That's actually a pretty bold, not to mention unusual, proposition. I'm not even sure I could name a comparable project, though perhaps one could point towards the 'Hawkwind Friends And Relations' series (for bringing in, well, friends and relations), Faust creating 'The Faust Tapes' from unconnected segments retrieved from the cutting-room floor, My Dying Bride reworking themes and abstractions of their previous releases to create 'Evinta', possibly even the likes of Vardis proudly stickering their releases "Live - no overdubs" whether recorded on stage or in studio.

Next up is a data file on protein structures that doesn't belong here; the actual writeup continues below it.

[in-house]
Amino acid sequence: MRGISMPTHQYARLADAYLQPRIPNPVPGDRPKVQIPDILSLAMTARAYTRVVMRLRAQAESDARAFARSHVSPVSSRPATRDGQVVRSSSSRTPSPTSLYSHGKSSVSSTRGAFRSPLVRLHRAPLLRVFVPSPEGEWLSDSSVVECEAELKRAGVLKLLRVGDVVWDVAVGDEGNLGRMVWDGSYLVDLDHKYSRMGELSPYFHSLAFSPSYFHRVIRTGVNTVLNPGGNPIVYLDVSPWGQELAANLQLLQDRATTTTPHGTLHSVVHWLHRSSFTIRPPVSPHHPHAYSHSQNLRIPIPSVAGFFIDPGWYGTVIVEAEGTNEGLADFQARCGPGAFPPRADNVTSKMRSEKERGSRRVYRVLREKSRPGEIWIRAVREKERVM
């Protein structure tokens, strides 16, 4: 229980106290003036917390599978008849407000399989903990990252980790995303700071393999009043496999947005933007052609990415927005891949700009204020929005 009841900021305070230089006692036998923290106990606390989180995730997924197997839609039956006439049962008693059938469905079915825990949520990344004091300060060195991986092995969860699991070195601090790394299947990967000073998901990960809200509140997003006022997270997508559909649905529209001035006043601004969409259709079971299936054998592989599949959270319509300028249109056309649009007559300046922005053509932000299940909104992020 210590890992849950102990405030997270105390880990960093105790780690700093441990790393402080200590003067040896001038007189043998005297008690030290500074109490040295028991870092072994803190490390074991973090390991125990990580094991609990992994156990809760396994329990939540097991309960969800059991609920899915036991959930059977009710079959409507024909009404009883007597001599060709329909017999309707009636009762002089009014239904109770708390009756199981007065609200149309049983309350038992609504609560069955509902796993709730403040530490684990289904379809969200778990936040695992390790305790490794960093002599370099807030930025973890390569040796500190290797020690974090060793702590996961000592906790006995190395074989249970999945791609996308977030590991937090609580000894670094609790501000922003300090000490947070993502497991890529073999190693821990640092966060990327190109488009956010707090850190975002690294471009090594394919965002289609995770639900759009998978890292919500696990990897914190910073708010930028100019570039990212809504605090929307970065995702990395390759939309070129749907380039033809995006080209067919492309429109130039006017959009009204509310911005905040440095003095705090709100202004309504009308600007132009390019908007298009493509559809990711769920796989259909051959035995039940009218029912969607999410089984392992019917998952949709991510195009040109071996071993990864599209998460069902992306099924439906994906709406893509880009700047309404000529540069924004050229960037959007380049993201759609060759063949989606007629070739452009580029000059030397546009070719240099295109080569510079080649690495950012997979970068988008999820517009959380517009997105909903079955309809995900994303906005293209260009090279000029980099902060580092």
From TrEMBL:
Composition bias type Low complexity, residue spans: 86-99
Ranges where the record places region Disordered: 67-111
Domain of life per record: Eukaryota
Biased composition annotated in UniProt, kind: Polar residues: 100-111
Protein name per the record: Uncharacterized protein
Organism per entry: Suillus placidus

I have a lot of sympathy with the attitude that sits behind 'Invitation To Imperfection'. The music I grew up with was, undoubtedly, subject to many technical limitations imposed by its analogue nature, and, as a result, its purity and appeal depended on entirely different skills than those needed for the digital era. And it has endured, in many ways with a more lasting and real presence than anything that can be achieved with a digital polish and a fistful of autotune - if anyone really wants to debate that, compare 'Black Sabbath' with '13', and get back to me on which one will remain truly legendary.